Wed, Apr 19, 2017 - Page 7 News List

Videos indicate desperation of Ohio shooting suspect

‘SHOCKING’:A friend of Steve Stephens said that the fugitive was respectful, got along with everybody and never spoke about any problems, ‘always good things’


The suspect in the killing of a retiree posted on Facebook made his living mentoring teenagers in Cleveland, Ohio, but his life appeared to be unraveling under the weight of gambling debts and trouble with his girlfriend.

Videos he shared indicated his despair, saying he was out of options and wanted to kill as many innocent people as he could.

While authorities have not found any evidence that he killed anyone else, the hunt for Steve Stephens stretched into a third day yesterday and far beyond the neighborhood where police said he shot a 74-year-old man who was picking up aluminum cans on Sunday after spending Easter with some of his children.

Stephens, 37, could be anywhere, authorities said, calling it a nationwide search.

A US$50,000 reward is being offered for information leading to his capture and prosecution.

Stephens posted a video of himself killing Robert Godwin Sr, a former foundry worker who had 10 children, police said.

In it, he said: “I snapped, I just snapped.”

Police would not speculate on a motive.

In the video, Stephens told Godwin a woman’s name and said: “She’s the reason that this is about to happen to you.”

Godwin did not seem to recognize the name.

The woman Stephens spoke of, Joy Lane, said in a text message to CBS that “we had been in a relationship for several years. I am sorry that all of this has happened.”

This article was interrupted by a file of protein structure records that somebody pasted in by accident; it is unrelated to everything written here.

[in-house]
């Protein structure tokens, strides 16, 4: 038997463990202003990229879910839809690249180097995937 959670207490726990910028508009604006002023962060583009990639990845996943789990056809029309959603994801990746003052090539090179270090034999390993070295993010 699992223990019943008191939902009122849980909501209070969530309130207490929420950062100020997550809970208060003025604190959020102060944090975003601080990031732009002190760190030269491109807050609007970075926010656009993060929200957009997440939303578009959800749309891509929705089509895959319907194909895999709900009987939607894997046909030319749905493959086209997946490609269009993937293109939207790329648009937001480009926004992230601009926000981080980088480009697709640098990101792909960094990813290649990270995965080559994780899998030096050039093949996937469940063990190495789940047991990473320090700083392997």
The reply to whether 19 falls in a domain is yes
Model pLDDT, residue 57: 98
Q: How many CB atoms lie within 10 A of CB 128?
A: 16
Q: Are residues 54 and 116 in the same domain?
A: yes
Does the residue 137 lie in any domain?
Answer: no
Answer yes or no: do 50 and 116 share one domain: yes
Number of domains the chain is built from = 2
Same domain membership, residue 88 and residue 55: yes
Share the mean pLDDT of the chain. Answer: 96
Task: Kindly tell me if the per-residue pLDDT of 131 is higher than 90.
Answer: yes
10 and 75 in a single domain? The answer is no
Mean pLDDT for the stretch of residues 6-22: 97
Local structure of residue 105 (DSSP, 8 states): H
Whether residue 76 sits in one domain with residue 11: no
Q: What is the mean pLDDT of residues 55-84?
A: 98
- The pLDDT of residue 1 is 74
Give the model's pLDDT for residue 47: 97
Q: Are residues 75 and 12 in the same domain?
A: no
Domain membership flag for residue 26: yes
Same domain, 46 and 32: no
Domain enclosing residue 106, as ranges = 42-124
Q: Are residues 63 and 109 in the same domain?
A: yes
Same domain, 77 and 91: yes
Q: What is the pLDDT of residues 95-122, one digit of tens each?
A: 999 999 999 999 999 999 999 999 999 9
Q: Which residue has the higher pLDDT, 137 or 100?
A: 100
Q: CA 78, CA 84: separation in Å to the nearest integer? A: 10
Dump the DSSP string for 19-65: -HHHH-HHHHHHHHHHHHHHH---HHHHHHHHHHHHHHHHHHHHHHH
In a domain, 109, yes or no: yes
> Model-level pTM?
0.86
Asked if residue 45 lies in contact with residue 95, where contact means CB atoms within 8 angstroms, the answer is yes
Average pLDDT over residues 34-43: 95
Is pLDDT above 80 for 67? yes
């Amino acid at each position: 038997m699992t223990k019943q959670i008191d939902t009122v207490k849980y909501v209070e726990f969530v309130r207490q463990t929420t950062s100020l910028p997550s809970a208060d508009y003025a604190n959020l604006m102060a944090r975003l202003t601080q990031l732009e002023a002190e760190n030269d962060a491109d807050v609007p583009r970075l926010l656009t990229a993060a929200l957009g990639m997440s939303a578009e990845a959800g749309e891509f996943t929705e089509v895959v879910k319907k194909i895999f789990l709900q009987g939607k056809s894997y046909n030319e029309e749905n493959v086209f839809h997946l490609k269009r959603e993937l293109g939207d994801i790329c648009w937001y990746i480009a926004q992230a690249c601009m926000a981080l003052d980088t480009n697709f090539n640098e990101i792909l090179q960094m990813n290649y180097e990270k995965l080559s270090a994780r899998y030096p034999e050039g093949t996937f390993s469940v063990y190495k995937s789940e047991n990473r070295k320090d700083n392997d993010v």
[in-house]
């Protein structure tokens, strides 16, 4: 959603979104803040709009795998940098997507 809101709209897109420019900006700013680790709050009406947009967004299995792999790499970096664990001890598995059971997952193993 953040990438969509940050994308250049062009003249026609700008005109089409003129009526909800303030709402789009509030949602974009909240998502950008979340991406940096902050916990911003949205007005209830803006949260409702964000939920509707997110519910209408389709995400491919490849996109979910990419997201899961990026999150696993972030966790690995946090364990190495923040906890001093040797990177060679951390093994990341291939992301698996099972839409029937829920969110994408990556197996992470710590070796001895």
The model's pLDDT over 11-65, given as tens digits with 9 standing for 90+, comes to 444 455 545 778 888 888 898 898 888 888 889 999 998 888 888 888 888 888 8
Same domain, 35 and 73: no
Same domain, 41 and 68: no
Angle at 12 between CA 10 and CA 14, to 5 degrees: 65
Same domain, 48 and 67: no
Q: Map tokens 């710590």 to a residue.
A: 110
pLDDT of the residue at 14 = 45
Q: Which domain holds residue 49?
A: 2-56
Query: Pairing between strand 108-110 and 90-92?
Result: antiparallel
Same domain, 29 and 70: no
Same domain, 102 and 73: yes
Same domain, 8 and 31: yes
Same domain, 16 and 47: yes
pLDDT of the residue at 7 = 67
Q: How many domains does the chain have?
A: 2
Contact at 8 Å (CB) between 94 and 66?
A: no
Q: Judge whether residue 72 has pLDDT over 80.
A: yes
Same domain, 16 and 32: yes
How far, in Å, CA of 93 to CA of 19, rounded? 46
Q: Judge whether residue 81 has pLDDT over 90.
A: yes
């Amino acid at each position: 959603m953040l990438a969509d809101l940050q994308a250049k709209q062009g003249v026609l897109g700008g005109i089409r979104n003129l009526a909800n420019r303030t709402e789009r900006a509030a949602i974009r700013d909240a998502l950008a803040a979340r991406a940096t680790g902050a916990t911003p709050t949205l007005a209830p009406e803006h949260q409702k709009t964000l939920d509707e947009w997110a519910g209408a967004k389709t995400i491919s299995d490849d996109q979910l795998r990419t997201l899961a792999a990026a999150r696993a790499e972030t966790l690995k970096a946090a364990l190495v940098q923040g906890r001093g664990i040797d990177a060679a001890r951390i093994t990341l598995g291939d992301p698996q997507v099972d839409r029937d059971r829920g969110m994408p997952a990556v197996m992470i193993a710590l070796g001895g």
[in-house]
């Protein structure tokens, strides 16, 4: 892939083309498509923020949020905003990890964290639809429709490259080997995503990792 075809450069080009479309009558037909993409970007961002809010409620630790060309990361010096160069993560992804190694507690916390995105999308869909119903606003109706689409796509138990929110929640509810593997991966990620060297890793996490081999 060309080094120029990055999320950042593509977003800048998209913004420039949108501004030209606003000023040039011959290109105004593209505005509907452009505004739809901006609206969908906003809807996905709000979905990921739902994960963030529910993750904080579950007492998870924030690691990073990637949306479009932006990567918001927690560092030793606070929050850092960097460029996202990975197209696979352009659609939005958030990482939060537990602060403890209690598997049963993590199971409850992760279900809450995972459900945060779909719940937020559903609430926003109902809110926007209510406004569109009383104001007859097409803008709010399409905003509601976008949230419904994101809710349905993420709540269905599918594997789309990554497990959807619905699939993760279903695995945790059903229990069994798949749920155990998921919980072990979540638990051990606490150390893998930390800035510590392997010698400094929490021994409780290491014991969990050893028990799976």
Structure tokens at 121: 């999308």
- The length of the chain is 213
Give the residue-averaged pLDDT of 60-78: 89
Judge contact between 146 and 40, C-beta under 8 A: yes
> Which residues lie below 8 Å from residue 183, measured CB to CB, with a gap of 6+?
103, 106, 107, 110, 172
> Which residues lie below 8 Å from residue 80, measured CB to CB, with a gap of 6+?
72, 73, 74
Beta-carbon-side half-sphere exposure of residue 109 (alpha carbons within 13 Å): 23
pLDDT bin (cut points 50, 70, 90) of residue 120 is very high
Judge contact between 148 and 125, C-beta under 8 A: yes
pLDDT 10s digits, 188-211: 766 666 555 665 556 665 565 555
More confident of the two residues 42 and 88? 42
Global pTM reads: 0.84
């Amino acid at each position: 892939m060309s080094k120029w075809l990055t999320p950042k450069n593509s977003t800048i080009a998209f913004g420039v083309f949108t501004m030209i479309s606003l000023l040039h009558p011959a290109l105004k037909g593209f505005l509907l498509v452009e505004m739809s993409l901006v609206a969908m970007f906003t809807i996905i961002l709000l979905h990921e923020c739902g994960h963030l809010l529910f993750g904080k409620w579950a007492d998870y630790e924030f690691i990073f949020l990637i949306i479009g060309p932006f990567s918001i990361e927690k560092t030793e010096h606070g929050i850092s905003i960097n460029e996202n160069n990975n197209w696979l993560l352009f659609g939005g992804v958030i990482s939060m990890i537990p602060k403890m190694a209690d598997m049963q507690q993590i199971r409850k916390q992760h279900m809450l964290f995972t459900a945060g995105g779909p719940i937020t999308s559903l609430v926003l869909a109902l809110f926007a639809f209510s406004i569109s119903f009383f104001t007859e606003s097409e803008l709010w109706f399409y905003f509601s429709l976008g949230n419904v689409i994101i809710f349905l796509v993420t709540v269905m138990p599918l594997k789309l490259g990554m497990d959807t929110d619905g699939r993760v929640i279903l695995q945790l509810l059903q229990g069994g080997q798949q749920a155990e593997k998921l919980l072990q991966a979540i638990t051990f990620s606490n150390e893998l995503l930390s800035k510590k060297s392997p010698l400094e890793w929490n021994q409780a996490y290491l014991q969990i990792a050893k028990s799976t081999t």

She also said Stephens was “a nice guy” who was good to her and her children.

Stephens filed for bankruptcy two years ago, despite holding down a job as a counselor helping young people develop job skills and find employment.

The behavioral health agency where he worked said an extensive background check before he was hired turned up nothing worrisome.

In one video posted on Facebook, Stephens said that he gambled away everything and that he and his girlfriend had planned to marry, but did not, without saying why.

He blamed her for what was about to happen.

Some friends said they knew about his gambling, but the videos showed characteristics they did not recognize.

Alexis Lee, who saw Stephens last week, said his childhood friend always seemed respectful and got along with everybody.

“He never ever told me he had problems or issues. It was always good things,” Lee said. “He was always just so happy and cool, calm, collected, like, that’s why it’s so shocking.”

Other neighbors said he was quiet as a kid and intelligent, recalling how he went to college and got a master’s degree.

“He was just a no problem person at all, compared to a lot of people,” said Cynthia Coley, a former neighbor.

In one video in which he blamed his girlfriend, Stephens said he woke up last week and “couldn’t take it anymore.”

Investigators said that Godwin was the only victim so far linked to Stephens, despite his claim on Facebook that he killed more than a dozen people.

On Monday evening, Facebook announced that it was launching a review for reporting harmful content following the killing.

The company said it disabled Stephen’s account within 23 minutes of receiving the first report about the video of the fatal shooting and two hours after receiving any report.

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